Don't let the title of Marina Lewycka's A Short History of Tractors in Ukrainian deceive you rather than an account of the development of farm equipment, it is a debut novel centered on the dilemma two estranged sisters face when their elderly Å½migrÅ½ father falls in love with a gold-digging Ukrainian bombshell. However, tractor enthusiasts need not despair embedded in the novel is the father's magnum opus, after which the book is named.
The author, who herself was born to Ukrainian parents in a refugee camp and grew up in England, vividly depicts the life of Nadezhda, a sociology professor (thought by her entire family to be a social worker) whose 84-year-old father plans to marry the buxom 36-year-old Valentina in order to save her from a miserable life in the old country. When Nadezhda's na•ve hopes that the marriage will bring her father happiness in his old age are dashed, she and her sister Vera (with whom she has not spoken since their mother's death two years before) join forces to separate the unhappy couple. In doing so, they must scheme to send Valentina and her son back to the Ukraine while fending off their father's pleas for money to support Valentina's automobile addiction and his lecherous comments about the "superiority" of her figure.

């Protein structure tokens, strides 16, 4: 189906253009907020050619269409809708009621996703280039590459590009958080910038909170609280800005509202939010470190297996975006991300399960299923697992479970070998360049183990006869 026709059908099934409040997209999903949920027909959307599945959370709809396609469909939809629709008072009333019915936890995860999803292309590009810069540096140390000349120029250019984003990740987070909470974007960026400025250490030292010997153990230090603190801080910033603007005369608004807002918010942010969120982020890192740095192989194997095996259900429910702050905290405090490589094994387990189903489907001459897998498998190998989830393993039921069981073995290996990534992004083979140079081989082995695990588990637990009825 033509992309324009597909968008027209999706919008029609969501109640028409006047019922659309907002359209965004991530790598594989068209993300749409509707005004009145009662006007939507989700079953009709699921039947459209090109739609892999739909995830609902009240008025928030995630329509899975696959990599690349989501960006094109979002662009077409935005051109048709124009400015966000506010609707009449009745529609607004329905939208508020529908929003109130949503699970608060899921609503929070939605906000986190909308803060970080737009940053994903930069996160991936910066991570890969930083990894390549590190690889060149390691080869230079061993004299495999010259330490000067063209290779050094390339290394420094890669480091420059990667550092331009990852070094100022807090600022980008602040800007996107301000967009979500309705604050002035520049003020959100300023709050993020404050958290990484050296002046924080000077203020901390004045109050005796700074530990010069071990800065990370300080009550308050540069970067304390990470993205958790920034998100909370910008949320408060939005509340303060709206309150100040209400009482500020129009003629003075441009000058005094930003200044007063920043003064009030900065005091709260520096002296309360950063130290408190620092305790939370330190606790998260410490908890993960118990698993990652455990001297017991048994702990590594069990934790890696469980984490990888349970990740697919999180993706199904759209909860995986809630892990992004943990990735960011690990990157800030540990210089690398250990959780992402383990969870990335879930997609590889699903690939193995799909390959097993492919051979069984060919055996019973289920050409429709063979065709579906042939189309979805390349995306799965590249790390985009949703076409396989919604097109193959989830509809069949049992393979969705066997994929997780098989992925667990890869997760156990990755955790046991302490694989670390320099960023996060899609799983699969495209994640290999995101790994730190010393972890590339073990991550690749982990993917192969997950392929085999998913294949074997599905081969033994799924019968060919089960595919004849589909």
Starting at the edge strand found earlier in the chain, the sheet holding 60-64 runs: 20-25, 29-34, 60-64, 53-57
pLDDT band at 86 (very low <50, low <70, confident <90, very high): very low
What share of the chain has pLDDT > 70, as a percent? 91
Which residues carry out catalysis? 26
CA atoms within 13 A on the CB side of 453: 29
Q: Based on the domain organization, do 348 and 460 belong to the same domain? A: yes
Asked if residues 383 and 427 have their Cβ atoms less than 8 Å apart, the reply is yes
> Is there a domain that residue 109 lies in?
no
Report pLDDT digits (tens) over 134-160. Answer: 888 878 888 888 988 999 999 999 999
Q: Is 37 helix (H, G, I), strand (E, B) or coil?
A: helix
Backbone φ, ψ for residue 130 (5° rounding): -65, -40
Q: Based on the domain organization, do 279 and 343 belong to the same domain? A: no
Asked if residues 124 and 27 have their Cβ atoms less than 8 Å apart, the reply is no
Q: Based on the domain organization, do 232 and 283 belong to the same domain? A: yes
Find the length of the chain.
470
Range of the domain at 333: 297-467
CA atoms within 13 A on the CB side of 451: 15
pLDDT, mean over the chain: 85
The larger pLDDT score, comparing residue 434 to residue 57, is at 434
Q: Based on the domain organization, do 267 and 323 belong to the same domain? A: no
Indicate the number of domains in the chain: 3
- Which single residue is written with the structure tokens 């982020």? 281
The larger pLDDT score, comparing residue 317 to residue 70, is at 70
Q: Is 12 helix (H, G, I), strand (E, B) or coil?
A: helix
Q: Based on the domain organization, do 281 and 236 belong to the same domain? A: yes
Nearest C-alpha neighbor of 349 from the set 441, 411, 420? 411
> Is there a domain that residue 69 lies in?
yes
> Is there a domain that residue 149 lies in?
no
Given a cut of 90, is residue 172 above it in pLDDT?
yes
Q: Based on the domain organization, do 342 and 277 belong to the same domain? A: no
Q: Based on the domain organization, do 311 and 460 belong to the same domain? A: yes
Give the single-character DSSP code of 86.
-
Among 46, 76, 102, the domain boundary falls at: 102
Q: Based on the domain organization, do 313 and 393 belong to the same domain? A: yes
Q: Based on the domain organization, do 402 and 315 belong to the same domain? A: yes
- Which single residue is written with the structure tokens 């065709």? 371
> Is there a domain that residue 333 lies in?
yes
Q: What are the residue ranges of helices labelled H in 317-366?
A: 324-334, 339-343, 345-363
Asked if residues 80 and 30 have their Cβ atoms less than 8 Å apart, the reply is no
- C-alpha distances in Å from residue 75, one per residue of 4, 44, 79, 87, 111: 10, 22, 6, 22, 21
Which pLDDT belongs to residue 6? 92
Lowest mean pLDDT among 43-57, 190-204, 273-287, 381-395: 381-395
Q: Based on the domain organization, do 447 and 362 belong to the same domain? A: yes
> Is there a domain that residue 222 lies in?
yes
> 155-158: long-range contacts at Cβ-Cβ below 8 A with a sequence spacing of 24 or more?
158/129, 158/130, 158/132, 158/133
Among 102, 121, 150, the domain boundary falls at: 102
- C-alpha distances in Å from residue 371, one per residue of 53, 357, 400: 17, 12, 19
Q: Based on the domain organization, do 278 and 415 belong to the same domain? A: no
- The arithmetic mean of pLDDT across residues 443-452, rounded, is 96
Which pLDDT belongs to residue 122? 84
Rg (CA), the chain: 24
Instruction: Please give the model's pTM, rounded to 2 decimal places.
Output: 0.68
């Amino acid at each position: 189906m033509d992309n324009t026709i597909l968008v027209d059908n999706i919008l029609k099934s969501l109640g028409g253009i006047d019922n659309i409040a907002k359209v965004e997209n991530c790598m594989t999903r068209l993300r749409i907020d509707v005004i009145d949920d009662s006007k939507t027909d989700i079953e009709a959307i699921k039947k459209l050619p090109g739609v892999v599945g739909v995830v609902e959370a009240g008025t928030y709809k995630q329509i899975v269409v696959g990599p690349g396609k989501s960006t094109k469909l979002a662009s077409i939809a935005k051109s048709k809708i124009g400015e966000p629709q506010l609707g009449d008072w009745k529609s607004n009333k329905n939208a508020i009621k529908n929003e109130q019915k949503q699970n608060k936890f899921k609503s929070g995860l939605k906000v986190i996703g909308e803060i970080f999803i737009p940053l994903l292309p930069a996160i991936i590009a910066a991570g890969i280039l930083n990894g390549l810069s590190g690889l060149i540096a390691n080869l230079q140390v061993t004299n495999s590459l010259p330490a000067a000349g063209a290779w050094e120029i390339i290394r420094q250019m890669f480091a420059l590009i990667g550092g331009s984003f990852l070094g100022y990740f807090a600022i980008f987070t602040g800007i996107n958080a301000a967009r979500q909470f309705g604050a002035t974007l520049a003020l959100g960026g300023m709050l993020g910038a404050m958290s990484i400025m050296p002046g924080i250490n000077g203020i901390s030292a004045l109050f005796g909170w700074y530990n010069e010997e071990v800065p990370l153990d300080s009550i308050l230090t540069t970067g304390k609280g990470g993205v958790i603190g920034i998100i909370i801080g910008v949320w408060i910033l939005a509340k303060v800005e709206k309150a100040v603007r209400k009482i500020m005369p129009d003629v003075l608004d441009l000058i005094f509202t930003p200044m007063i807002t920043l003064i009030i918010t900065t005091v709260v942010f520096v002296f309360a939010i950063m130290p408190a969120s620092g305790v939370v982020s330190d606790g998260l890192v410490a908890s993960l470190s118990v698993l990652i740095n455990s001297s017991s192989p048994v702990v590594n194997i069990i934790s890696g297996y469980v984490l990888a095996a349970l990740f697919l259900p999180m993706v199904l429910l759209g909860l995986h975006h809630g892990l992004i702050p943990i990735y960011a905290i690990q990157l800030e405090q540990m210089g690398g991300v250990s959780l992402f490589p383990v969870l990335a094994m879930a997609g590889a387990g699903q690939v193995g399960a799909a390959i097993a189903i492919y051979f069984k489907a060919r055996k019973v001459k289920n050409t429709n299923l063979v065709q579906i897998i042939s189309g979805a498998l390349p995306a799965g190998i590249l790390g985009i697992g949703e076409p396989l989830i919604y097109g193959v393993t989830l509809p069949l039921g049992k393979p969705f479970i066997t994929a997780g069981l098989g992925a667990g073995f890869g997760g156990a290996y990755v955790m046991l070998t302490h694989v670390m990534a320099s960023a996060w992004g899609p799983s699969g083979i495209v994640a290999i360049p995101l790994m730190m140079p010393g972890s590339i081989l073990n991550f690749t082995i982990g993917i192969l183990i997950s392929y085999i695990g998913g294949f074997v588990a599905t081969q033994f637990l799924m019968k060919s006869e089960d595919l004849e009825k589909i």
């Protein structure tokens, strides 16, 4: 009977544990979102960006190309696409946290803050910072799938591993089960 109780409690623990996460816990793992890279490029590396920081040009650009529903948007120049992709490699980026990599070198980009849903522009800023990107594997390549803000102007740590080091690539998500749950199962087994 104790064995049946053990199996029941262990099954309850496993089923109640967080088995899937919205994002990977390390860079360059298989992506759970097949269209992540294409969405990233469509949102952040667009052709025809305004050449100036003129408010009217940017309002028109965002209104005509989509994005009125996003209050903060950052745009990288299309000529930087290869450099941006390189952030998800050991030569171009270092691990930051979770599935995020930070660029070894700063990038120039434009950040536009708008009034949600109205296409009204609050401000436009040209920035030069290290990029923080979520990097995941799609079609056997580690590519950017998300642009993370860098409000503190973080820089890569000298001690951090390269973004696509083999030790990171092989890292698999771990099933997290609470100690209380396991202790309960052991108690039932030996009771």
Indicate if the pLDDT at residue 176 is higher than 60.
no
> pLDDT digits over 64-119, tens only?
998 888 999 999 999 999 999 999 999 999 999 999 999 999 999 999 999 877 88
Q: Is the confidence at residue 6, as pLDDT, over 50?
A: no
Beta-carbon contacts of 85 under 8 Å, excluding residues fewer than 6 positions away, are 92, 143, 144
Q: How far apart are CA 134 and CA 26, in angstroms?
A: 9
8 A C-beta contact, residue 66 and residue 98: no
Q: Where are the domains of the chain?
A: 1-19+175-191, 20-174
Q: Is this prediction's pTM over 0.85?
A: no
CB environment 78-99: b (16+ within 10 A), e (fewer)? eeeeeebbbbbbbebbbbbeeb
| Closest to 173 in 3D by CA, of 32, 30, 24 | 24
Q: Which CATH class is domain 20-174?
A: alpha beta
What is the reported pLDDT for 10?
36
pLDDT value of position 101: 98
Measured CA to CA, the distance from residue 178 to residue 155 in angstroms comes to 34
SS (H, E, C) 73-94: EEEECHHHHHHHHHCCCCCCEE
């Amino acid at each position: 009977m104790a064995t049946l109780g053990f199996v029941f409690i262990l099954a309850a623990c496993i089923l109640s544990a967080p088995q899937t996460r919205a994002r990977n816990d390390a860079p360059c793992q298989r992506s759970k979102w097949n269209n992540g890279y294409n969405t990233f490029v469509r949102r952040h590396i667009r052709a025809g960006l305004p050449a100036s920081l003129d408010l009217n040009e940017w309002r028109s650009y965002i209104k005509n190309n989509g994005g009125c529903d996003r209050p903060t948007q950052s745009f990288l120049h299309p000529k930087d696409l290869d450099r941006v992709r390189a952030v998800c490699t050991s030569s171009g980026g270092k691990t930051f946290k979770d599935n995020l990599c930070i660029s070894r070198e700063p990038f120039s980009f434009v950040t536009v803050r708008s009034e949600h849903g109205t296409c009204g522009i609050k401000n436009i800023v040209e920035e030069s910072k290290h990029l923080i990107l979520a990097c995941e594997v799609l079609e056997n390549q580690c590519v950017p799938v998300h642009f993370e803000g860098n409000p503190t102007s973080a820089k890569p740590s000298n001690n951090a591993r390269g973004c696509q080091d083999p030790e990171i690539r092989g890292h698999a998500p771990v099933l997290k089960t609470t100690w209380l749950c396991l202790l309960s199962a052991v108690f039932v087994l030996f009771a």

Lewycka brings humor to the struggles of immigration and the difficulties inherent in the shift between the communist and capitalist ways of life, while maintaining gravity in her description of Nadezhda's family's escape to England. The lingual and cultural differences between the Ukraine and England provide many laughs, and Valentina, whose obsession with material possessions seems to be only an exaggeration of the materialism that has long existed in the West, is a villain the reader loves to hate. A quick, light story with flamboyant characters and a unique cultural framework, A Short History of Tractors in Ukrainian is a good choice for any reader who enjoys tales of family drama.
Emily Zibart writes from New York City.